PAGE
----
New York’s greedy ice barons

“Ice famines” were a big deal in the late 1800s and early 1900s. Without a cheap, steady supply, restaurants and factories couldn’t keep perishables from spoiling. And city dwellers couldn’t keep cool with an icy drink or ice cream, the latest fad.

The problem, apparently, was sometimes Mother Nature’s fault: a mild winter resulted in a shortage. Or, as a May 1900 New York Times article alleges, ice companies purposely jacked their prices:

“The sixty million dollar ice trust, known as the American Ice Company, which has succeeded in securing what is practically an absolute monopoly on the ice business in New York City, has just increased the cost of ice to consumers 100 percent…. Resentment against the trust exists under every roof, but there seems to be no way of evading its oppression.”

So how much did ice cost in 1900? According to the story, “Ice here last year was sold to families at 25 cents per 100 pounds.” A 100 percent price hike would have made it 50 cents.

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8 Responses to “New York’s greedy ice barons”

  1. Ricky Says:

    There were many icehouses along the Hudson River and the ice was brought to New York City mostly by barges down the Hudson River. Ice harvesting started in January, but most companies counted on a 50% loss from harvest to delivery, but a well-maintained icehouse could limit the loss to 25%. By WWI the natural ice industry was virtually extinct, and after the war it was finished.

  2. Henry A.Clarke 3rd Says:

    In the 1940′s as a child I would
    welcome our iceman (who also
    had to climb up 4 flights of stairs) at
    Second avenue and 74th street a
    building I grew up in that no longer stands.
    I imagine for my parents getting ice delivered
    was still less expensive then electricity or
    gas to keep food cool.

  3. ralph ng Says:

    Ice helped build and sustain the Hudson River cities and towns, and ice was also a major export commodity to India where it sold for considerably more in the 19th Century than it fetched in the Northeast. It was sold for sterling, and probably bartered for opium, which was sold for even more sterling in China (helping to fan the flames that caused the Boxer rebellion, although the Christian Missionaries were the worse provocation according to historical data, revisionist history points to the economically crippling drain caused by the opium epidemic.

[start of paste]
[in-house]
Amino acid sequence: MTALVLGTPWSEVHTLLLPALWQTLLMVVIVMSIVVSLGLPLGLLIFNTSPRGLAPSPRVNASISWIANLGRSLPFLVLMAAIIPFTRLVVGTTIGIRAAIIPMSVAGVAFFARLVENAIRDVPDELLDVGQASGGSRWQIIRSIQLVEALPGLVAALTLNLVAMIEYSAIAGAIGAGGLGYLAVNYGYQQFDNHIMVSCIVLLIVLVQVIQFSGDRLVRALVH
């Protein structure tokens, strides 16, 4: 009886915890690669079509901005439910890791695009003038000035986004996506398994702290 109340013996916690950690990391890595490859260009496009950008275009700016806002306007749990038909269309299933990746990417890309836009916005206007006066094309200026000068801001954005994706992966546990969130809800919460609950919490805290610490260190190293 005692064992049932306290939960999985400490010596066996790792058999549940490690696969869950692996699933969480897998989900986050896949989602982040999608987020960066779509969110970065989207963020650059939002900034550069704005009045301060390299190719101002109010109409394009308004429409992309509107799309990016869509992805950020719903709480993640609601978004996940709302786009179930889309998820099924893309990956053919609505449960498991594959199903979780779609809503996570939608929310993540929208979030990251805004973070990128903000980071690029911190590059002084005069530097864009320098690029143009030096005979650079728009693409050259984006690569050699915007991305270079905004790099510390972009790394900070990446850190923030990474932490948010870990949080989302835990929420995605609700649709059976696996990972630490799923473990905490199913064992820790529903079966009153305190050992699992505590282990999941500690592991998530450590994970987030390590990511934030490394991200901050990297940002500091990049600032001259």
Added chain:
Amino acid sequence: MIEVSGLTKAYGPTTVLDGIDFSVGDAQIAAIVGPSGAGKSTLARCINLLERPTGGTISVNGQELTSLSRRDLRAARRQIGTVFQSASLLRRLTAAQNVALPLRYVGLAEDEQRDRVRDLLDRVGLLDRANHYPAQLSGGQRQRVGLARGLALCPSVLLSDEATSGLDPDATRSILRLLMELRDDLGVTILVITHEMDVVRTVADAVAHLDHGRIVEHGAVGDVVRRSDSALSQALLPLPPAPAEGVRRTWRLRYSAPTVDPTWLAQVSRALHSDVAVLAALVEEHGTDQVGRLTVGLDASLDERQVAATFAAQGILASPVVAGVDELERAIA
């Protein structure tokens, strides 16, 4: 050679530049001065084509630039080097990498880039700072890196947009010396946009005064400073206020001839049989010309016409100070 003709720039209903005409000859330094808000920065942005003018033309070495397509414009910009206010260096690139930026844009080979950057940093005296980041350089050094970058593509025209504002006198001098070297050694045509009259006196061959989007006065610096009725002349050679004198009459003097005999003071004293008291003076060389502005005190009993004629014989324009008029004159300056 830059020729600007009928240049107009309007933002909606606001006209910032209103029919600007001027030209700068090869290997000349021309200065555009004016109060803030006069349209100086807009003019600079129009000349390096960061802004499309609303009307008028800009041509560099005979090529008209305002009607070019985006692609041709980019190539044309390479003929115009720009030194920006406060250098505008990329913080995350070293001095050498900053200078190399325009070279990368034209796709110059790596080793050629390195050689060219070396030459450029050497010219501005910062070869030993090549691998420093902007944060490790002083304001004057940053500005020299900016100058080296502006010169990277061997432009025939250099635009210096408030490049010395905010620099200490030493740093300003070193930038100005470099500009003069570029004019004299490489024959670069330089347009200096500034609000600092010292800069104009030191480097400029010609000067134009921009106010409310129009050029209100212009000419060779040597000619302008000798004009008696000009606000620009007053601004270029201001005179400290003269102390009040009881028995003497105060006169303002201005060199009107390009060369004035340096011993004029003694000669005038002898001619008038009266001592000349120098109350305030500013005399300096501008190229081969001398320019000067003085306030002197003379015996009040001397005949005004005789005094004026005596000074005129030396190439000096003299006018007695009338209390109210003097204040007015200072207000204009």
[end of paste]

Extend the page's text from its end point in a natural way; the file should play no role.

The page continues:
Ice also helped sustain the straw industry, as that was how ice was insulated during shipping.

  4. Carl Ulmer Says:

    The Ice King was Charles W. Morse, of Bath, Maine. He employed around 1,500 men cutting ice from rivers and ponds in Maine and floating it down the Androscoggin r5and Kennebec Rivers where it was harvested and loaded onto ships which carried it to Washington, D.C., Charleston, S.C., Jacksonville, Fla. Long, ice houses with thick outside walls insulated with sawdust from Maine’s thriving logging industry, were built into the banks of those Maine rivers where ice was stored for later shipment down the coast, during the sweltering summer months.

    Morse’s American Boat Building Company built his ice transport fleet and also naval vessels. For these enterprizes, he was proclaimed The Ship King of the Atlantic Coast.

  5. Robert Maher Says:

    Rockland Lake, 30 miles north of New York City was home to the Knickerbocker Ice Company that latter became the American Ice Company. Every January, is the Knickerbocker Ice festival at Rockland Lake. KnickerbockerIcefestival.org

  6. The remains of some defunct city businesses « Ephemeral New York Says:

    [...] ice industry was actually pretty dirty back in the [...]

  7. Charles Savoie Says:

    For “Ice Trust” read “Pilgrims Society,” same as for all the other trusts—Wall Street’s top Secret Society, and sponsored by The Crown of England.

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